6. New Ministry Created to Reboot Economic Policy
The government created the Ministry for Investment and Foreign Economic Relations, combining the existing Directorate of Investment and Company Administration (DICA) and Foreign Economic Relations Department. Career diplomat U Thaung Tun, the new minister, vowed to “reduce red tapes” and attract more investments. To that end, The Myanmar Times offered four suggestions: establishing a one-stop service centre, delivering liberalisation, giving the minister the authority to improve intra-ministry management and making sure business-related draft laws were properly consulted on.
5. Myanmar Seeks Asian Investments
Branding Myanmar as “Southeast Asia’s final frontier market with innumerable investment opportunities”, State Counsellor Daw Aung San Suu Kyi pitched her country’s potential to a regional audience during the 2018 ASEAN Business and Investment Summit in Singapore. In light of the plummeting business confidence and the international backlash following the northern Rakhine crisis, Nay Pyi Taw has devised its “Look East” policy, hoping to drum up investments and tourists from Japan, Korea, Greater China, India and Southeast Asia.
4. Yangon Relaunches Ambitious New City Scheme
Yangon’s regional government launched an ambitious new city project via a government-owned New Yangon Development Co (NYDC). The scheme covers an area twice the size of Singapore with a target of US$1.5 billion (K2.83 trillion) investment for the first phase. Subsequently, the authorities signed an agreement with Chinese state-owned China Communications Construction Company (CCCC) to prepare a detailed infrastructure proposal and was criticised for doing so without calling a tender. NYDC said they would undertake a “Swiss challenge”.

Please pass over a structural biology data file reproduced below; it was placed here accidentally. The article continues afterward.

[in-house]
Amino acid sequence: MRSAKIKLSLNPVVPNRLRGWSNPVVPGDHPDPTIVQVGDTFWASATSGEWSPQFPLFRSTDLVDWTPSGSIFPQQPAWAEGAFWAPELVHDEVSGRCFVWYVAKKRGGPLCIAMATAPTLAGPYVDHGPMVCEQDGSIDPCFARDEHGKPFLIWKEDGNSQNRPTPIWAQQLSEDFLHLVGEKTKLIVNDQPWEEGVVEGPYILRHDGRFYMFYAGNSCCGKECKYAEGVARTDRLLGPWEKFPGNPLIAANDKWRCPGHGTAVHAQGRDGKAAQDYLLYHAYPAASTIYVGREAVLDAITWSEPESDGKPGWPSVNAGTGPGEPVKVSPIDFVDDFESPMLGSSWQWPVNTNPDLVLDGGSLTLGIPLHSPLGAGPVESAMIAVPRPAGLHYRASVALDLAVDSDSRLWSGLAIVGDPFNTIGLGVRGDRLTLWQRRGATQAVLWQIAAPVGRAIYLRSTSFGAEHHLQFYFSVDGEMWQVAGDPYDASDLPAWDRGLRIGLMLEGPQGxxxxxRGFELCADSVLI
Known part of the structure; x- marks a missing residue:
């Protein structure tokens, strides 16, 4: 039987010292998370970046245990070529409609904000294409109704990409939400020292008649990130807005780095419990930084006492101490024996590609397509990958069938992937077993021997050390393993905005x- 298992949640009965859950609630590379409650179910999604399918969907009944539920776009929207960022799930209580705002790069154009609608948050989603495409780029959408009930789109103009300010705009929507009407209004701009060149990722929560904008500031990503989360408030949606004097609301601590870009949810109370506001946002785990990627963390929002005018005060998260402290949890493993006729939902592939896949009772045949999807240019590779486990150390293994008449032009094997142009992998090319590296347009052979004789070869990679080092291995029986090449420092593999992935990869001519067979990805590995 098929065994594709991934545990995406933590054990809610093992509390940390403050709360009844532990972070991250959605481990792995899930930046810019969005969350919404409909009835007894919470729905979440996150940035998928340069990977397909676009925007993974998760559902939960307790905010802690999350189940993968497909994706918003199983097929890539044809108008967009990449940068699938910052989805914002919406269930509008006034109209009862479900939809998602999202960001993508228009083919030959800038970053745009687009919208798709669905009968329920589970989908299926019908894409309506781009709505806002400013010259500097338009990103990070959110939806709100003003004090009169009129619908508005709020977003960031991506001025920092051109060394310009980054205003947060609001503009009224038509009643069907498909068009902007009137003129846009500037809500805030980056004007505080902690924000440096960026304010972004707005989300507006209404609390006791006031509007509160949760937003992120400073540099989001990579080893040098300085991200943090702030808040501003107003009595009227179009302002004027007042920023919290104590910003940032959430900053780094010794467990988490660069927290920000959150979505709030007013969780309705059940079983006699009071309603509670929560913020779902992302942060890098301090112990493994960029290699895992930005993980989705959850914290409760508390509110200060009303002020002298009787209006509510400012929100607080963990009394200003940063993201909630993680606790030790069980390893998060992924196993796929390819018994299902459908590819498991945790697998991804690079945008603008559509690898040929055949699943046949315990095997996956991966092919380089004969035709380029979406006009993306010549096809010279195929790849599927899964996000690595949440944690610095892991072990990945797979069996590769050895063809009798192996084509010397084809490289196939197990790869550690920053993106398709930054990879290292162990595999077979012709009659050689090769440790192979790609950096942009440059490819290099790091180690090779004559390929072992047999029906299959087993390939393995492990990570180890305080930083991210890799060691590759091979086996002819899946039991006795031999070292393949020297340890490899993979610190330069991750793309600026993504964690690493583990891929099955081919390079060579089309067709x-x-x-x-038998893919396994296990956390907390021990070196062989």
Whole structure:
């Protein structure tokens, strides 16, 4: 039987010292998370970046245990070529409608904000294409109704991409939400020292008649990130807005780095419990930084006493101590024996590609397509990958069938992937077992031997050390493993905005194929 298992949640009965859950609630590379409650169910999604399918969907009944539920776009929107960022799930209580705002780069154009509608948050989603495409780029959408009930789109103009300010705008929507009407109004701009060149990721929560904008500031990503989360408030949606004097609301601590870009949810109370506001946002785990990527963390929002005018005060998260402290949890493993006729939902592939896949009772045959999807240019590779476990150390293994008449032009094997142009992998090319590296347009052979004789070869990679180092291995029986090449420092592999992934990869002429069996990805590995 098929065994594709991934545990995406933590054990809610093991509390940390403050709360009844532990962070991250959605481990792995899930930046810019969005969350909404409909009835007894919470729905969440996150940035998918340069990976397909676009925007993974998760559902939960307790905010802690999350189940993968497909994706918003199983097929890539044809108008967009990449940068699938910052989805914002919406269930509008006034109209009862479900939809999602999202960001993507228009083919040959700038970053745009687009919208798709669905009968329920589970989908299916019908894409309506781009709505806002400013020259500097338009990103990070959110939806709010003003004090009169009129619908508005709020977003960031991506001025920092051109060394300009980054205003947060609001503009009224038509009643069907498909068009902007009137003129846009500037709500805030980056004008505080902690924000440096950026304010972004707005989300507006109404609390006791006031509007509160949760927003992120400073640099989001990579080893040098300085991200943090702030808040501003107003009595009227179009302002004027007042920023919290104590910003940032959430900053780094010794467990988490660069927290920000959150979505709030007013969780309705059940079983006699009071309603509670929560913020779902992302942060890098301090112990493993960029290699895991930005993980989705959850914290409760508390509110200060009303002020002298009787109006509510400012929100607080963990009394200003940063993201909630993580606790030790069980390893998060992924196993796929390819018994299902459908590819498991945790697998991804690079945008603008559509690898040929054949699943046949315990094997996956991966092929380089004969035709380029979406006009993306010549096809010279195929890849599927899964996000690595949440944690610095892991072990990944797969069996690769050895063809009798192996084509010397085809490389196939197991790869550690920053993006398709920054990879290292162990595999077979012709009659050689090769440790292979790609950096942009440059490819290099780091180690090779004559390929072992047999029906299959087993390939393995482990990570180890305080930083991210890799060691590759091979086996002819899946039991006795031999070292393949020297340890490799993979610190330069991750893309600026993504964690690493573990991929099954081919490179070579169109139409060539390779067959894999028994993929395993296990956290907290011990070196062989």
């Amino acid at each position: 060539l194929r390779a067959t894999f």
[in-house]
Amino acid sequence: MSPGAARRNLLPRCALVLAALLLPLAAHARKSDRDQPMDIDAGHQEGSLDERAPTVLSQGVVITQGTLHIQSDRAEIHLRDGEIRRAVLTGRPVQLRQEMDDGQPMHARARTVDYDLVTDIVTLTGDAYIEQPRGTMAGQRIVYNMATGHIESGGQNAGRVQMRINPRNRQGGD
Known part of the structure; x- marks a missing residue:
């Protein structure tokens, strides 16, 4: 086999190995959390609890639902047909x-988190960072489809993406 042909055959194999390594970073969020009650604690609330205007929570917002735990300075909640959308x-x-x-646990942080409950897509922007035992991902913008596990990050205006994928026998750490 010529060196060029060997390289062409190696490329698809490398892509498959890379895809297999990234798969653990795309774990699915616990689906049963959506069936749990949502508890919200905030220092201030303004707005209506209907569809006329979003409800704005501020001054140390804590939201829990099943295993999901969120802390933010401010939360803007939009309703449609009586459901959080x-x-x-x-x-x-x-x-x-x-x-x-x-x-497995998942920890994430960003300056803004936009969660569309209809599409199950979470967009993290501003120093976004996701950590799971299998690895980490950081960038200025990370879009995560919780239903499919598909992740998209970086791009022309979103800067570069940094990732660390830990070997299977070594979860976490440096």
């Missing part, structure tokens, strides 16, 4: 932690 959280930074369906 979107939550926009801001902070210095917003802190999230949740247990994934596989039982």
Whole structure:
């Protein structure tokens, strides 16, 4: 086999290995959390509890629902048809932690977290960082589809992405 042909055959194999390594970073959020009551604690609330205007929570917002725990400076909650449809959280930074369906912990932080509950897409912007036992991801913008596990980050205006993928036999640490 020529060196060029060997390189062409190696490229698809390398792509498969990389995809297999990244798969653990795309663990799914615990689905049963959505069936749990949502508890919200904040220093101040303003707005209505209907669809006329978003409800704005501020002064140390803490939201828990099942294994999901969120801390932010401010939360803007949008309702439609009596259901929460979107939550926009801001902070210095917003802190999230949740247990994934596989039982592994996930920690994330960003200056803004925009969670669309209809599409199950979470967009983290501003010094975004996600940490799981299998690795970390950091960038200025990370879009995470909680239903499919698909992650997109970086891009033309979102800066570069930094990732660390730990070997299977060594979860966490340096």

3. A Step Forward For China’s Kyaukphyu Port
Myanmar made a bold step in preliminarily moving forward a controversial Chinese-led port project in central Rakhine. After more than two years of negotiations, Nay Pyi Taw and China’s state-owned CITIC Group signed the “framework agreement” for the proposed US$1.3 billion deep-sea port on November 8. Being part of China’s flagship Belt and Road Initiative, the port is the essential component of the proposed SEZ. Civil society and the general public are paying close attention to whether Kofi Annan’s suggestion on undertaking a Strategic Environmental Assessment (SEA) will be enforced. Despite the fact that State Counsellor Daw Aung San Suu Kyi pledged to implement all of his recommendations, it was unclear if the government would do so.
2. Anti-corruption Gathers Steam
Anti-corruption was among the government’s key priorities this year. The fourth amendment was made to the 2013 Anti-Corruption Law, entailing more power for the Anti-Corruption Commission (ACC). Yet, there is still no criminal liability for offering bribes and no effective regulations on political donations. The anti-corruption code of ethics announcement governing organisations doing business in Myanmar from the Directorate of Investment and Company Administration (DICA) also raised more questions than it answered.
1. Economy Not Working As Govt Passed Midterm
As the National League for Democracy-led government reached half of its five-year term in October, policy chaos, empty hotel rooms and falling confidence painted a bleak economic picture. The Myanmar Times covered what went wrong with the economy, as well as the progress made under this government, such as the Myanmar Sustainable Development Plan (MSDP).